Anything and everything anytime
The Sentinelese (also Sentineli, Senteneli, Sentenelese, North Sentinel Islanders) are one of the Andamanese indigenous peoples and one of the most uncontacted peoples of the Andaman Islands, located in India in the Bay of Bengal. They inhabit North Sentinel Island which lies westward off the southern tip of the Great Andaman archipelago. They are noted for vigorously resisting attempts at contact by outsiders. The Sentinelese maintain an essentially hunter-gatherer society subsisting through hunting, fishing, and collecting wild plants; there is no evidence of either agricultural practices or methods of producing fire. Their language remains unclassiied.
The present population of the Sentinelese is not known with any great degree of accuracy. Estimates have been produced ranging from lower than 40, through a median of around 250, and up to a maximum of 500. In the year 2001, the Census of India officials recorded 39 individuals (21 males and 18 females); however, out of necessity this survey was conducted from a distance and almost certainly does not represent an accurate figure for the population who range over the 72 km2 (17,800 acres) island. Any medium- or long-term impact on the Sentinelese population arising from the 2004 Indian Ocean earthquake and resulting tsunami remains unknown, other than the confirmation obtained that they had survived the immediate aftermath.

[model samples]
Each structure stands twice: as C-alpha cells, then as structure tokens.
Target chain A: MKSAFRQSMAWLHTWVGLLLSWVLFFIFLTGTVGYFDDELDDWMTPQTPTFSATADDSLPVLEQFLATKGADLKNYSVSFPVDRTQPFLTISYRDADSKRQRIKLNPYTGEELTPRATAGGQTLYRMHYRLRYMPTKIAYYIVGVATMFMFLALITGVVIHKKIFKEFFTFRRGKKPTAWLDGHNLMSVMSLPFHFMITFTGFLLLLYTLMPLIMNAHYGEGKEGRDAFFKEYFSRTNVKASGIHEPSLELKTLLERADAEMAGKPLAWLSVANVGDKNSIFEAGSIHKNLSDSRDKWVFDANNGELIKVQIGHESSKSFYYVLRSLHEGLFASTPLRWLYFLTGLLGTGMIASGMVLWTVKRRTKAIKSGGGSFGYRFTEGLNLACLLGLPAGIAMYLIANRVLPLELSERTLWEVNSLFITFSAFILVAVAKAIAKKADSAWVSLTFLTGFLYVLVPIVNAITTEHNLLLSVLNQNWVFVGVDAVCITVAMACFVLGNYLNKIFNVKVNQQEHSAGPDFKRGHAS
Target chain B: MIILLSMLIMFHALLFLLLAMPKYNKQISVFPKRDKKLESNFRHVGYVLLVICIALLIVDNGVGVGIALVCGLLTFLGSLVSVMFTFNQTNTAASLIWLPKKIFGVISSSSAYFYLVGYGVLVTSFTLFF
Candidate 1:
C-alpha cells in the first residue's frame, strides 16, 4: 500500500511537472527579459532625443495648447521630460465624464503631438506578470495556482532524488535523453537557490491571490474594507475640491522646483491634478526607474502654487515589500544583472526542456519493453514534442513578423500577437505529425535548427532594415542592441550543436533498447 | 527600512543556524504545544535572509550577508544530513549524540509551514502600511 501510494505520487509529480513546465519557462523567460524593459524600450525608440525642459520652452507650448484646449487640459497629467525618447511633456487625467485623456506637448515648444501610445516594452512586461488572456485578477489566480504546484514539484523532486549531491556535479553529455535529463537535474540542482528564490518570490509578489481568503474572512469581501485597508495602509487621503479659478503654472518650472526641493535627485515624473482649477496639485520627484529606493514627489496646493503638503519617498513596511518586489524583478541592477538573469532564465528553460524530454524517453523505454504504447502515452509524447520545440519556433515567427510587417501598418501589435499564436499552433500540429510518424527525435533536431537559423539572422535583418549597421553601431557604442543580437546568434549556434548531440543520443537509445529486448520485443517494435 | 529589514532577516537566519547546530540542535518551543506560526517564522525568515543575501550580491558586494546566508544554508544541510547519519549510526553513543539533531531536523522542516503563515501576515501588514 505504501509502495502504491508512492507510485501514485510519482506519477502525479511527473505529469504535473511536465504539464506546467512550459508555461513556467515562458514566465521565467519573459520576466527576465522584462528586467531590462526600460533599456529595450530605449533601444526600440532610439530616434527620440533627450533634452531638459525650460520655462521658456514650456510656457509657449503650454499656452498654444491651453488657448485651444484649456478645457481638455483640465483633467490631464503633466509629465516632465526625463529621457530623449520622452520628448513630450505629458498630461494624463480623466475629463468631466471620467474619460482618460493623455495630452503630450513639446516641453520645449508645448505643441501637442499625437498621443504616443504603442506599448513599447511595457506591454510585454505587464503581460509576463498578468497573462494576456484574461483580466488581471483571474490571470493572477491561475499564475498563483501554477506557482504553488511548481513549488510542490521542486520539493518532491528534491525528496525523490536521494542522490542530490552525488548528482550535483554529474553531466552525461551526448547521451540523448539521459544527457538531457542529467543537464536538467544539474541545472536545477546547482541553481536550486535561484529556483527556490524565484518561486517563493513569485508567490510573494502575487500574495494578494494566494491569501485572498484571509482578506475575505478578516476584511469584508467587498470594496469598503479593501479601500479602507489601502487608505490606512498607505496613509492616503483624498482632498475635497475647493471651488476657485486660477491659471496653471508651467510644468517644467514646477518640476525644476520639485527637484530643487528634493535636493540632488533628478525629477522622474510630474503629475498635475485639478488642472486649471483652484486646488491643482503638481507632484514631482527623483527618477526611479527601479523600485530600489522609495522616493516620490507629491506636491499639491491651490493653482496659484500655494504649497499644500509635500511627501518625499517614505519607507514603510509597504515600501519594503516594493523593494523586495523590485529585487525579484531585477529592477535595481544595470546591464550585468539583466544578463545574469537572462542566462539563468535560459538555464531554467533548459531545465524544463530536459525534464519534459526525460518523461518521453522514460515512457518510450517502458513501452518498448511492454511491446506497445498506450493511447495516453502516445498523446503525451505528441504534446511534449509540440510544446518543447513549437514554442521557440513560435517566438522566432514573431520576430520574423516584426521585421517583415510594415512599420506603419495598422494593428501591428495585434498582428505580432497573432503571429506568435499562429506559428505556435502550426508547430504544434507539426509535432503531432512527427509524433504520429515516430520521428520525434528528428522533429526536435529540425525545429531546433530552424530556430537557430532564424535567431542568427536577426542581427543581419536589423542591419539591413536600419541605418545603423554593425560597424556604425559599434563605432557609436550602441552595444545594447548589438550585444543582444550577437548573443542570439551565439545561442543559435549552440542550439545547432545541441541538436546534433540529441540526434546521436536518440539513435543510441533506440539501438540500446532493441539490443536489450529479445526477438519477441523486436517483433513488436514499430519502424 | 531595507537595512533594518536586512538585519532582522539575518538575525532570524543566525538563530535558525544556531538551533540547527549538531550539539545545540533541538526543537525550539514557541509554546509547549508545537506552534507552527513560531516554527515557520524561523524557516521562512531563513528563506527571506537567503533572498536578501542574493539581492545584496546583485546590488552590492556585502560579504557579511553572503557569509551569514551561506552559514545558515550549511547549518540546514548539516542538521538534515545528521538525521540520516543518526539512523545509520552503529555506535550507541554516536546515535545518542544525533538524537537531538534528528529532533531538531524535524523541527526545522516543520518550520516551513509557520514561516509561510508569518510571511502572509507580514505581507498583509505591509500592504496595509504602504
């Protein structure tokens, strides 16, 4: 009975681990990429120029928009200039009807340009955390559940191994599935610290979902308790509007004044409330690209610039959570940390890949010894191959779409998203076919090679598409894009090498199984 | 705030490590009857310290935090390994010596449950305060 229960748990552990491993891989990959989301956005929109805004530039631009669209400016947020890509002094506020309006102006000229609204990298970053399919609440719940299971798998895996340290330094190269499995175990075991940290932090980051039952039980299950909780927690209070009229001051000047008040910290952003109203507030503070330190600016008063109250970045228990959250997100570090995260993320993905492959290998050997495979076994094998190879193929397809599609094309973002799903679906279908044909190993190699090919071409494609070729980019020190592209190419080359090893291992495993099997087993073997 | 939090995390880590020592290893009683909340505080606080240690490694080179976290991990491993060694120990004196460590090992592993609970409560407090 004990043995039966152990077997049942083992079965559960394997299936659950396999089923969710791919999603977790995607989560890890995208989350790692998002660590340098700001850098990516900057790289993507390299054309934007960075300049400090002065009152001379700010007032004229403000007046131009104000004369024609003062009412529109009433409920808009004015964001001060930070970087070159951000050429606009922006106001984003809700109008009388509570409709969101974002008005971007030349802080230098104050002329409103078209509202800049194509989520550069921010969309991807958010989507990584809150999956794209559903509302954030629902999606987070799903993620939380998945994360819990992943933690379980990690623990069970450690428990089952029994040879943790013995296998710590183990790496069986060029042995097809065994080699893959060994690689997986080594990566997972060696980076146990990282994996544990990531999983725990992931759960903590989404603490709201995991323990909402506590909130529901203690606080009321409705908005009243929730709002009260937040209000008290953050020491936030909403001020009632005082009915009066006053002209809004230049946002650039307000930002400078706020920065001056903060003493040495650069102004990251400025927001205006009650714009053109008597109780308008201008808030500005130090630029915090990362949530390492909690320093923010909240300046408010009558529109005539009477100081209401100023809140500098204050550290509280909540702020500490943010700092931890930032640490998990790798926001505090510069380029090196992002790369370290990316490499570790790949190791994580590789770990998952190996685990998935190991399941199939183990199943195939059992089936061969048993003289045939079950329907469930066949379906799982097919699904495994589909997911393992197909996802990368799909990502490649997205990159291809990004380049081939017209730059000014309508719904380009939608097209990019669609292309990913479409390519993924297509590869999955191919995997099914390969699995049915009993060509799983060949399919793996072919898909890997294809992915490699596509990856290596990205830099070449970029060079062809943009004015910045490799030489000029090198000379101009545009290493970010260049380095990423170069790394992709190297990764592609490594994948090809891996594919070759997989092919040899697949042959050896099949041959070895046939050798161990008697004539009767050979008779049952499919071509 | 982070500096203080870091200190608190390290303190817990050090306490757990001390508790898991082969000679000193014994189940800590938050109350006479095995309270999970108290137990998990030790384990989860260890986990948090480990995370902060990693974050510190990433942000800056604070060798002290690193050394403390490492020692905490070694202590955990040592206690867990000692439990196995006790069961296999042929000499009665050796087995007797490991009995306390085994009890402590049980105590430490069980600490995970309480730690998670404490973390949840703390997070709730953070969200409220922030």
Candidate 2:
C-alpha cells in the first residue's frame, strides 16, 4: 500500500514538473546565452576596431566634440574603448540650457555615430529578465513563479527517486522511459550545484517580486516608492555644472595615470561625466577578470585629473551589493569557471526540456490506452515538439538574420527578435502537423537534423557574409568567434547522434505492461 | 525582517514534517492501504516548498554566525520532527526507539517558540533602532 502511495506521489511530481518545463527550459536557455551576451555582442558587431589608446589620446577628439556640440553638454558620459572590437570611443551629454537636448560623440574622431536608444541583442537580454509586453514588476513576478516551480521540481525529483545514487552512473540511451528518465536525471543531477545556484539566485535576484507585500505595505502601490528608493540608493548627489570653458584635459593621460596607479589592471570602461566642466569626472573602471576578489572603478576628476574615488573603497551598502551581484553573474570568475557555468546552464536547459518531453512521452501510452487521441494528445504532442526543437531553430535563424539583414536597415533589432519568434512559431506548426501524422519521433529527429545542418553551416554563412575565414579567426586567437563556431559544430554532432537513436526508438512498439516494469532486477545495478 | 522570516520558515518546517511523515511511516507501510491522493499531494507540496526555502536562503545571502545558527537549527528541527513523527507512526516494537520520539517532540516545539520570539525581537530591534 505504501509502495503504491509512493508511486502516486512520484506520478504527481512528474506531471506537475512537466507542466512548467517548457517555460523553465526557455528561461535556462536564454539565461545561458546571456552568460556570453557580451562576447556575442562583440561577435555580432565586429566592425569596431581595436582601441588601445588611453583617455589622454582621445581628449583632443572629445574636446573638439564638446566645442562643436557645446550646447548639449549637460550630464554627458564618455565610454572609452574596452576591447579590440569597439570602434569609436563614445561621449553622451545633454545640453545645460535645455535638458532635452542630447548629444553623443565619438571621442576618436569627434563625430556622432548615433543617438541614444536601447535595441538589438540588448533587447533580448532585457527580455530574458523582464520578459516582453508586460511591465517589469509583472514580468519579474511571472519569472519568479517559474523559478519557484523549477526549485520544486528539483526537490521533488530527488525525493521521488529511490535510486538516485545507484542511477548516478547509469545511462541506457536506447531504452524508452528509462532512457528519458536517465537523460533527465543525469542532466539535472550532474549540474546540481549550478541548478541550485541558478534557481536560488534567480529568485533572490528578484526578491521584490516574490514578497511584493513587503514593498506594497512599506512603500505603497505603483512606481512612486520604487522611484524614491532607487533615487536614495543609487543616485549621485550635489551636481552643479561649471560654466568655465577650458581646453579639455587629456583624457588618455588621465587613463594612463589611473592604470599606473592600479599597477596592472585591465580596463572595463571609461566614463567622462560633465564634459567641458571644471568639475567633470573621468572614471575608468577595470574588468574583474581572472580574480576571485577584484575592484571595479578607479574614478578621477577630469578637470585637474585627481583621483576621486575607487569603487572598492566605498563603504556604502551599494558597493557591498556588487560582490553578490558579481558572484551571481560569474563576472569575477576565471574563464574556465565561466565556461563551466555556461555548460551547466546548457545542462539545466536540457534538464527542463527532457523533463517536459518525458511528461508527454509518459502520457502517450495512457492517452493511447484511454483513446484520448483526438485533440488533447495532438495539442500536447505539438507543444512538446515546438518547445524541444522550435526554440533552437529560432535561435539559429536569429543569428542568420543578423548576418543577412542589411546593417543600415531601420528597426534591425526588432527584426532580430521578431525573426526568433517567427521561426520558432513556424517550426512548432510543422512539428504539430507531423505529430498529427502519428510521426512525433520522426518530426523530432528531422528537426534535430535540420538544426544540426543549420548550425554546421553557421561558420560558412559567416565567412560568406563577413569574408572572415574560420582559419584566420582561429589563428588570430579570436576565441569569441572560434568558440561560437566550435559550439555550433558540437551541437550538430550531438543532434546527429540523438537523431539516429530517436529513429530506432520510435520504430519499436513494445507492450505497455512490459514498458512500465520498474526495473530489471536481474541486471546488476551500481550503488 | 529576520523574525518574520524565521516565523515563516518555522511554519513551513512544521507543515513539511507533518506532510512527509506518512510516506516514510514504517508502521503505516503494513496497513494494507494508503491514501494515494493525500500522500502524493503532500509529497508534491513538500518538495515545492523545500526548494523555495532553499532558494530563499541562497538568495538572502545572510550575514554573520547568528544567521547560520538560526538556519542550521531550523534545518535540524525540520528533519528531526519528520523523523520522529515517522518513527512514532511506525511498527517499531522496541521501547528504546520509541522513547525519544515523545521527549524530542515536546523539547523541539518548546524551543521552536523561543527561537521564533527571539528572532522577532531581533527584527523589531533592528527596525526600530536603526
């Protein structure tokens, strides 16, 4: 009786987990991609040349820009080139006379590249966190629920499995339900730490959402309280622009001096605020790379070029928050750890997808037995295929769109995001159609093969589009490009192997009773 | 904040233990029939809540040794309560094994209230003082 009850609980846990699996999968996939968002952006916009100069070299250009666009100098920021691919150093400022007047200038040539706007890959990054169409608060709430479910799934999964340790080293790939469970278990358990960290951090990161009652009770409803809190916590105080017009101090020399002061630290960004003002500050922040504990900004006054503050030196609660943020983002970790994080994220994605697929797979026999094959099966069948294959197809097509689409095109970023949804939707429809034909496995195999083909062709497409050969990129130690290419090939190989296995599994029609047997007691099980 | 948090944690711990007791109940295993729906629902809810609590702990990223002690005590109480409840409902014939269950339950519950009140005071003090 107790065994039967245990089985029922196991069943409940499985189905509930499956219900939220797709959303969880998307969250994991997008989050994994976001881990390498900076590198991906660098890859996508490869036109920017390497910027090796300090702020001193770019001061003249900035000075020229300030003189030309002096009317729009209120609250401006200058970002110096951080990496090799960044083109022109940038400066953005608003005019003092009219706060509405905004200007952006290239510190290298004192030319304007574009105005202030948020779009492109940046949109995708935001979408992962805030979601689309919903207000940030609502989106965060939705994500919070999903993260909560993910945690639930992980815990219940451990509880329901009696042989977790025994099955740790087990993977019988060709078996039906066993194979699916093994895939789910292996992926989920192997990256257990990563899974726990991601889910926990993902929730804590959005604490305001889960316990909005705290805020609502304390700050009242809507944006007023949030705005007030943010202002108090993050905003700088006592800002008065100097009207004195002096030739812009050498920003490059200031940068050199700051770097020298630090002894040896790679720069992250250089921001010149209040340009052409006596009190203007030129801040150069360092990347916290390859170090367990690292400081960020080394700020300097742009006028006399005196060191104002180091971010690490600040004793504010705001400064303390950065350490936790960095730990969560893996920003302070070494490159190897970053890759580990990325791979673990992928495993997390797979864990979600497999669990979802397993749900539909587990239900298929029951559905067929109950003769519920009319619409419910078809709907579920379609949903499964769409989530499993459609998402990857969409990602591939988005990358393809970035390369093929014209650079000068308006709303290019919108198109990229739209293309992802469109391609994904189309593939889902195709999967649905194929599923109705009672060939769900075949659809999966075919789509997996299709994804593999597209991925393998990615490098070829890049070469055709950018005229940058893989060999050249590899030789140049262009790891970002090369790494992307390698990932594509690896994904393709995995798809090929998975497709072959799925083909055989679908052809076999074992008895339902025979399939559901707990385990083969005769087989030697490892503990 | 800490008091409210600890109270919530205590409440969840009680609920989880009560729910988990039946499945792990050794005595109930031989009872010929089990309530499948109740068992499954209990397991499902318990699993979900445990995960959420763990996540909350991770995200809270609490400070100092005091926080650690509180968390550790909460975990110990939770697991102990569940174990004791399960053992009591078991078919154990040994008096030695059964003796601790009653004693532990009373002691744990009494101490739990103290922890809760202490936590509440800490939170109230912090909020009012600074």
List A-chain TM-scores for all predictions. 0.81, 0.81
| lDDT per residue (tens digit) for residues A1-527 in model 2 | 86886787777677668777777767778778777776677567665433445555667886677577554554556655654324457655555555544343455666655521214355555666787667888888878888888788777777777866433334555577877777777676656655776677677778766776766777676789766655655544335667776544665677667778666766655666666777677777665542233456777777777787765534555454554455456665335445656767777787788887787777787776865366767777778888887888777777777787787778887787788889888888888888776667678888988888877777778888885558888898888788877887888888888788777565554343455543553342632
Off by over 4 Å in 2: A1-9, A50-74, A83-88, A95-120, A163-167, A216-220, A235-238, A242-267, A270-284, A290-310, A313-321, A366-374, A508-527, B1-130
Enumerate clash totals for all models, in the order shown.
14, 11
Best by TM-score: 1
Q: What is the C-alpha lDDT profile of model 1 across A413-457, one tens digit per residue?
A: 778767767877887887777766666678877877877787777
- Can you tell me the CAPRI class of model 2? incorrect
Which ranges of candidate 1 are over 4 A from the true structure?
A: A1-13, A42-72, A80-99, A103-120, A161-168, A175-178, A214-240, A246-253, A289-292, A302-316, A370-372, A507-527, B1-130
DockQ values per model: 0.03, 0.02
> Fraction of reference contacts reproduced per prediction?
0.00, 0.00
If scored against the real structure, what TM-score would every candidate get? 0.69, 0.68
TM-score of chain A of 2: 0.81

On previous visits, groups of some 20–40 individuals were encountered regularly. Habitations of 40–60 individuals were found on two occasions. As some individuals are almost certainly hiding, a better approximation of group size cannot be determined. This would suggest that some 2–6 groups occupy the island. The rule of thumb population density of 1.5 km2 (370 acres)/individuals in comparable hunter-gatherer societies indicates that one such group could live off the land alone. A significant amount of food is derived from the sea. It seems that the groups encountered, at any one time, could only have come from a rather small part of the island. There appear to be slightly more males than females. At any given time, about half of the couples seemed to have dependent children or the women were pregnant.
North Sentinel Island
The Sentinelese and other indigenous Andamanese peoples are frequently described as negritos, a term which has been applied to various widely separated peoples in Southeast Asia, such as the Semang of the Malay archipelago and the Aeta of the Philippines, as well as to other peoples as far afield as Australia (notably former populations of Tasmania). The defining characteristics of these “negrito” peoples (who are not a monophyletic group) include a comparatively short stature, dark skin and “peppercorn” hair, qualities also found commonly across the continent of Africa. No close contacts have been established, but the author Heinrich Harrer described one man as being 1.6 m (5′ 4″) tall and apparently left handed.